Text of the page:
In the year 2013, there were 8.2 million mental heath cases in the UK alone. One of the 8.2 million was probably a friend of yours – they may have openly told you about it, or you may have put two and two together yourself. Helping someone with anxiety can be hard if you have no experience in doing so, so here are some tips on showing that you’re there for them.
Firstly, try to understand what “anxiety” actually is. Do your research and try to understand what your mate is going through! Every human being will come across a feeling of ‘anxiety’ in their lifetime, but someone who suffers the mental disorder of anxiety has an abnormally anxious response to some day to day situations which most people would find just fine.
AnixetyUK define an anxiety disorder as the following: “Anxiety is a normal response to stress or danger and is often called the ‘flight or fight’ response. This process involves adrenalin being quickly pumped through the body enabling it to cope with whatever catastrophe may come its way. The problems arise when this response is out of proportion to the actual danger of the situation, or indeed is generated when there is no danger present.”
Secondly, check up on them. A simple text will mean a hell of a lot to them. Knowing you’ve got a friend there if you’re needing to talk is a great feeling as mental illness can cause a large sense of loneliness. Many people with a mental illness are reluctant to bother friends and family with their issues to prevent coming across as a burden, so if you text or call them first they won’t feel that way. Even if they don’t want to talk about anything, it’s nice to know someone is there and thinking of you.
As Charlie from Perks of Being a Wallflower says, “I’m both happy and sad at the same time and I’m still trying to figure out how that could be.”
Thirdly, still ask them out with you. Unfortunately, people with anxiety often don’t want to go out much, but the invite still means a lot. Even though you’re 90% sure they’ll decline, by still asking them it makes them feel wanted. Also, anxious people may need a bit more persuasion to go out – try to gently encourage them to come out with you if you know it is something they’ll probably enjoy, without pressuring them into it.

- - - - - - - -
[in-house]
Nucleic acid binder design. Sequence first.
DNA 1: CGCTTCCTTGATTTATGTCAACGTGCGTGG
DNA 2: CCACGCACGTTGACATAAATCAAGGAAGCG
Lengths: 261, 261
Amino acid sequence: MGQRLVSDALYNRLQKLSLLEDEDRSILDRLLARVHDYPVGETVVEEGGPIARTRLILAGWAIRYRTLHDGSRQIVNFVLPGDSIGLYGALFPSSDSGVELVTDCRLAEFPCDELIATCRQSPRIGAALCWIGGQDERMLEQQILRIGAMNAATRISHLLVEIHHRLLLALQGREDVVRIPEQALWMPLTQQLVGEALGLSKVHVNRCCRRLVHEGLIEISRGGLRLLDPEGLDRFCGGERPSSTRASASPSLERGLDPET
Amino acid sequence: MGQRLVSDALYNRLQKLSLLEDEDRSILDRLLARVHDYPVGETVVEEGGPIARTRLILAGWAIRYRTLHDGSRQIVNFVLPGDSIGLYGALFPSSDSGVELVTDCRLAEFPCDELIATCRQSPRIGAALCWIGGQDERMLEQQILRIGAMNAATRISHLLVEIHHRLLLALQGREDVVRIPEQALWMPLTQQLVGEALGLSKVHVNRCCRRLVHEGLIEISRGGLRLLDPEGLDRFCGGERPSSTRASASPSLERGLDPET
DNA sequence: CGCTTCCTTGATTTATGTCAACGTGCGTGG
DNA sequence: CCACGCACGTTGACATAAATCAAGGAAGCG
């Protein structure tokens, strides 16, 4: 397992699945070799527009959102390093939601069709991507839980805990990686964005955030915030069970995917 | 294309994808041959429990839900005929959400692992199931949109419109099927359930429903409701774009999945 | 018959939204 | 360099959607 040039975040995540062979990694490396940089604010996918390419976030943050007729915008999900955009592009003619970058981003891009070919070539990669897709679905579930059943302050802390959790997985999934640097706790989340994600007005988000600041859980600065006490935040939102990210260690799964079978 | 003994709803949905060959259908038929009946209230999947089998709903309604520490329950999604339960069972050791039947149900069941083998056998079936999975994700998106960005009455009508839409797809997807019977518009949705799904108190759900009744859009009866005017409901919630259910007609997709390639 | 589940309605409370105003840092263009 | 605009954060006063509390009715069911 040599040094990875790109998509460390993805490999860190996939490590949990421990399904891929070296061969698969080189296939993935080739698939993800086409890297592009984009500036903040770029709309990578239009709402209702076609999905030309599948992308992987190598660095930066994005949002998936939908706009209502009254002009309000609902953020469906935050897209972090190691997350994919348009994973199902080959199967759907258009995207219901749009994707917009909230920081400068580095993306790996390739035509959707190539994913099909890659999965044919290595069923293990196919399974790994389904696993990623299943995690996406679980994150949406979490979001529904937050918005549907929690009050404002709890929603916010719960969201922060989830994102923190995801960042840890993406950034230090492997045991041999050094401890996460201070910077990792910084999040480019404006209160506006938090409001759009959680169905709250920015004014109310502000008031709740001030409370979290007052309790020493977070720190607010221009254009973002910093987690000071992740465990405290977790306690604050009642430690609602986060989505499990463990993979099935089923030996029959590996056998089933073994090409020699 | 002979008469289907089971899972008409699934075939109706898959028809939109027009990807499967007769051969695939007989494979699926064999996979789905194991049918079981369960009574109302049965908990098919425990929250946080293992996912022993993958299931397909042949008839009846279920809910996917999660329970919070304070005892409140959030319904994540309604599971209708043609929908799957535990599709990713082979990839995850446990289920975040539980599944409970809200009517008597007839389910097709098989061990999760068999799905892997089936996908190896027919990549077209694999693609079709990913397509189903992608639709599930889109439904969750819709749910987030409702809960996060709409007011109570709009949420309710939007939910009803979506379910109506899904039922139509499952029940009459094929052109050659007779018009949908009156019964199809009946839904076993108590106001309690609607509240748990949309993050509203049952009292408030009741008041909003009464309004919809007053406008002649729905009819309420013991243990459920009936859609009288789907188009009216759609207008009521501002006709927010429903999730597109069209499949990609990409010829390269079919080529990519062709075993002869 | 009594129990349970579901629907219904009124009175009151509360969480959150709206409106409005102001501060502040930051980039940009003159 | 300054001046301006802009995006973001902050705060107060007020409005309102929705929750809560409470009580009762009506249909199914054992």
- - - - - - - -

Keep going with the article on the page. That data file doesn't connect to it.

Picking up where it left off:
Fourthly, expect mood swings. Sometimes your friend will be on Cloud 9, other times they’ll be unbelievably sad and often they won’t actually know why. As Charlie says in Perks of Being a Wallflower, “I’m both happy and sad at the same time and I’m trying to figure out how that can be.” There will be times when your anxiety-filled friend will just want to be off grid for a bit, other times they’ll be happy to come and socialise.
Fifthly, don’t ask obvious questions or say obvious comments. Some things can really sting for an anxious person. In my opinion, the worst ones are “What do you have to be anxious about?” – well this is the issue isn’t it, it wouldn’t be an anxiety disorder if I was anxious about normal things. Also, “Just be happy!” – if it was that bloody easy I would be but unfortunately my brain and thoughts aren’t currently letting me.
Lastly, try to be non-judgemental. As the video above shows, those ‘dramatic’ feelings they get are genuine. Anxiety can cause you to drown in your thoughts making the anxiety swallow you up. This is why people are reluctant to speak to people about how they’re feeling because they think people will think they’re being overdramatic – the more empathetic and approachable you are to your friend, the more likely they are to talk to you.
Overall, anxious people are sensitive beings and need a little extra looking after compared to some of your other friends. As well as the negative aspects of it, there are positives to being friends with an anxious person; they’re extremely thoughtful and very empathetic meaning they are great listeners. To distract them from their own anxieties, they like to help others. It’s not all that bad being friends with a nervous Nelly.